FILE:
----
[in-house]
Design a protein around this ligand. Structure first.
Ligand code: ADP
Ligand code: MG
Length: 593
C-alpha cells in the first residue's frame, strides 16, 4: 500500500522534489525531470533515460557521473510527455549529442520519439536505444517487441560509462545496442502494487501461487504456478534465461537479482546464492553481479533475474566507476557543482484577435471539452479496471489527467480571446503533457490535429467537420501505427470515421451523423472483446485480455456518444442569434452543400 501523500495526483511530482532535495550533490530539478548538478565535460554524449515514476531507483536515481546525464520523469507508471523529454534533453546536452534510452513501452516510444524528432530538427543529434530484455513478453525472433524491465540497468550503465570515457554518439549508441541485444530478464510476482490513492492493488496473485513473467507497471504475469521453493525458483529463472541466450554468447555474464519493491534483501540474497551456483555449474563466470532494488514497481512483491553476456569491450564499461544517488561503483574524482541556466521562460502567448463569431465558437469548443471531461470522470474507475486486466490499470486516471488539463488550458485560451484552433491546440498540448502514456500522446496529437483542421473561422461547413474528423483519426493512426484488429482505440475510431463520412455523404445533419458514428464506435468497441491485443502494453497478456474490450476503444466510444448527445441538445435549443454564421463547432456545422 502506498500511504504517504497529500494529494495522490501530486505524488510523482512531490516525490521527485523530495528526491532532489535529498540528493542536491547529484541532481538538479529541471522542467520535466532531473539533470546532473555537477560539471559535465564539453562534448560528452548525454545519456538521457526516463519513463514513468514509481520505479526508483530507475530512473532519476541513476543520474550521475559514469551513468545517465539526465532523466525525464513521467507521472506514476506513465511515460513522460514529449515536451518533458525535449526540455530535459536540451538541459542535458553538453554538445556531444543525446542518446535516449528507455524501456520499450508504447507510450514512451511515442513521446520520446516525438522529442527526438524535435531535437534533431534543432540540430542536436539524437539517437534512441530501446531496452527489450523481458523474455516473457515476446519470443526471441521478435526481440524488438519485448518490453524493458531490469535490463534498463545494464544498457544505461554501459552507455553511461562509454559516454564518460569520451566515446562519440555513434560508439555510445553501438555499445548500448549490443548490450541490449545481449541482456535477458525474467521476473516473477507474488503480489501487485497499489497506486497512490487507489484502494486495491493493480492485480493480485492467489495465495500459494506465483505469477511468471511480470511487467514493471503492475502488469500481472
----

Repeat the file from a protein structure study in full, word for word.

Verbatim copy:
[in-house]
Design a protein around this ligand. Structure first.
Ligand code: ADP
Ligand code: MG
Length: 593
C-alpha cells in the first residue's frame, strides 16, 4: 500500500522534489525531470533515460557521473510527455549529442520519439536505444517487441560509462545496442502494487501461487504456478534465461537479482546464492553481479533475474566507476557543482484577435471539452479496471489527467480571446503533457490535429467537420501505427470515421451523423472483446485480455456518444442569434452543400 501523500495526483511530482532535495550533490530539478548538478565535460554524449515514476531507483536515481546525464520523469507508471523529454534533453546536452534510452513501452516510444524528432530538427543529434530484455513478453525472433524491465540497468550503465570515457554518439549508441541485444530478464510476482490513492492493488496473485513473467507497471504475469521453493525458483529463472541466450554468447555474464519493491534483501540474497551456483555449474563466470532494488514497481512483491553476456569491450564499461544517488561503483574524482541556466521562460502567448463569431465558437469548443471531461470522470474507475486486466490499470486516471488539463488550458485560451484552433491546440498540448502514456500522446496529437483542421473561422461547413474528423483519426493512426484488429482505440475510431463520412455523404445533419458514428464506435468497441491485443502494453497478456474490450476503444466510444448527445441538445435549443454564421463547432456545422 502506498500511504504517504497529500494529494495522490501530486505524488510523482512531490516525490521527485523530495528526491532532489535529498540528493542536491547529484541532481538538479529541471522542467520535466532531473539533470546532473555537477560539471559535465564539453562534448560528452548525454545519456538521457526516463519513463514513468514509481520505479526508483530507475530512473532519476541513476543520474550521475559514469551513468545517465539526465532523466525525464513521467507521472506514476506513465511515460513522460514529449515536451518533458525535449526540455530535459536540451538541459542535458553538453554538445556531444543525446542518446535516449528507455524501456520499450508504447507510450514512451511515442513521446520520446516525438522529442527526438524535435531535437534533431534543432540540430542536436539524437539517437534512441530501446531496452527489450523481458523474455516473457515476446519470443526471441521478435526481440524488438519485448518490453524493458531490469535490463534498463545494464544498457544505461554501459552507455553511461562509454559516454564518460569520451566515446562519440555513434560508439555510445553501438555499445548500448549490443548490450541490449545481449541482456535477458525474467521476473516473477507474488503480489501487485497499489497506486497512490487507489484502494486495491493493480492485480493480485492467489495465495500459494506465483505469477511468471511480470511487467514493471503492475502488469500481472